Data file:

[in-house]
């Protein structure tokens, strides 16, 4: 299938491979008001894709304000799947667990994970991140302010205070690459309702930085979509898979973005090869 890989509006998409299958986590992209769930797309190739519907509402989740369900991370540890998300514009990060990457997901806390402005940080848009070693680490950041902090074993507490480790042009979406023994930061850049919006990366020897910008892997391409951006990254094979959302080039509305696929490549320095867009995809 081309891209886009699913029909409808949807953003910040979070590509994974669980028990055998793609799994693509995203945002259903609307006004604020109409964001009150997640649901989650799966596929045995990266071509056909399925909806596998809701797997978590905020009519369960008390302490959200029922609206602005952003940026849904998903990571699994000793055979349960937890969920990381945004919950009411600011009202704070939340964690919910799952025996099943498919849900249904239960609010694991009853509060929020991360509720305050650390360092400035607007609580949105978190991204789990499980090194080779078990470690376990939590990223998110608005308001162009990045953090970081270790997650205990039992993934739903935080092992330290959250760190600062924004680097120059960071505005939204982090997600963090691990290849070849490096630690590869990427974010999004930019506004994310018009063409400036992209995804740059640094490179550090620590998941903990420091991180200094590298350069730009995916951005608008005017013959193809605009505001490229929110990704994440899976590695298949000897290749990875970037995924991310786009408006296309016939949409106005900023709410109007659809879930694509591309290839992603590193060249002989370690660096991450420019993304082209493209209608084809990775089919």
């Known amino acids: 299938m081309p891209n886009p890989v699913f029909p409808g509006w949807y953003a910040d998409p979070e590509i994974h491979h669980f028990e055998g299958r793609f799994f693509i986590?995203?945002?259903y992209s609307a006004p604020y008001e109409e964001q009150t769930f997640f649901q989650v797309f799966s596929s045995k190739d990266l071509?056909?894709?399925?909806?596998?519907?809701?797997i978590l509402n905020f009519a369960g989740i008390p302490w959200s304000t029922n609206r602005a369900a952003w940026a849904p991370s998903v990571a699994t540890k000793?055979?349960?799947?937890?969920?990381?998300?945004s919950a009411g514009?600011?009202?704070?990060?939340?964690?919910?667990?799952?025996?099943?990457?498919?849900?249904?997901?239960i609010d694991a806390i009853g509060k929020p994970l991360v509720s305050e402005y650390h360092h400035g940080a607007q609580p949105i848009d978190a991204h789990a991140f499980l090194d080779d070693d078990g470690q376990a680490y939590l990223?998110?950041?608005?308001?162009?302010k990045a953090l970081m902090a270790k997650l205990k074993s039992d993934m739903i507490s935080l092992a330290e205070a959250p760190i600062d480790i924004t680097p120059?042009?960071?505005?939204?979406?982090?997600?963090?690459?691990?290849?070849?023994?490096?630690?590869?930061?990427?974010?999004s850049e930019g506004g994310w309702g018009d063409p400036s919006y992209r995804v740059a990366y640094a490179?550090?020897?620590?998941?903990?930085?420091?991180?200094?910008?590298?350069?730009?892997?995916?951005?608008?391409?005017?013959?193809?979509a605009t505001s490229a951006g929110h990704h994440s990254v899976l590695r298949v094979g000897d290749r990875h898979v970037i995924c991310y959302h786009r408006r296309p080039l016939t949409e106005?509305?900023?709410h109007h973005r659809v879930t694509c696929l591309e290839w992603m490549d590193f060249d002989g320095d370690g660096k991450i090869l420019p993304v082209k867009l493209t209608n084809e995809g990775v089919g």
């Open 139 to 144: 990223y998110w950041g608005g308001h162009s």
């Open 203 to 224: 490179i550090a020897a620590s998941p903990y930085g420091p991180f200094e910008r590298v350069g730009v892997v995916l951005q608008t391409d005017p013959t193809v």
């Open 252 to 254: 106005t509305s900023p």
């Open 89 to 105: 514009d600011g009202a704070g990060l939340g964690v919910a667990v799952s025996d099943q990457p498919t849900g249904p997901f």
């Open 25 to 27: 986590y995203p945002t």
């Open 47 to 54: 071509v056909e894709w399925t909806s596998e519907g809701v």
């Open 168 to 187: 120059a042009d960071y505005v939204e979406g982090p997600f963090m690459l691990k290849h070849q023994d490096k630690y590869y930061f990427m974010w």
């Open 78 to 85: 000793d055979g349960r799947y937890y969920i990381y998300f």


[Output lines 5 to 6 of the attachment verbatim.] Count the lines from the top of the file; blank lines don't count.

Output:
């Open 203 to 224: 490179i550090a020897a620590s998941p903990y930085g420091p991180f200094e910008r590298v350069g730009v892997v995916l951005q608008t391409d005017p013959t193809v």
């Open 252 to 254: 106005t509305s900023p």